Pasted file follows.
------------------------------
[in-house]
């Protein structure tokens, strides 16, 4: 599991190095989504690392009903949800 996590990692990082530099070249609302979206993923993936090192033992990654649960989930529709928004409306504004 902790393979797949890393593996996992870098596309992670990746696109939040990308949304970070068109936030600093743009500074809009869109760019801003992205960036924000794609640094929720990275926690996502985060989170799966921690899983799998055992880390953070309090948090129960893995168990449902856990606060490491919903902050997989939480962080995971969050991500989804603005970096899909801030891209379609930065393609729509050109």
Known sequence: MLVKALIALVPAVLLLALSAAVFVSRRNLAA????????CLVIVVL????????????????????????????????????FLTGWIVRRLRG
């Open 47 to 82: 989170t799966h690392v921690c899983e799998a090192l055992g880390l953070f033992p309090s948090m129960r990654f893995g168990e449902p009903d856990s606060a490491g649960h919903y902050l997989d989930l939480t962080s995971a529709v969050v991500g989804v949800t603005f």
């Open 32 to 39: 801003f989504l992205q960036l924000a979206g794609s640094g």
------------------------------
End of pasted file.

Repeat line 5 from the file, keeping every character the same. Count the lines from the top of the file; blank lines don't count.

């Open 32 to 39: 801003f989504l992205q960036l924000a979206g794609s640094g």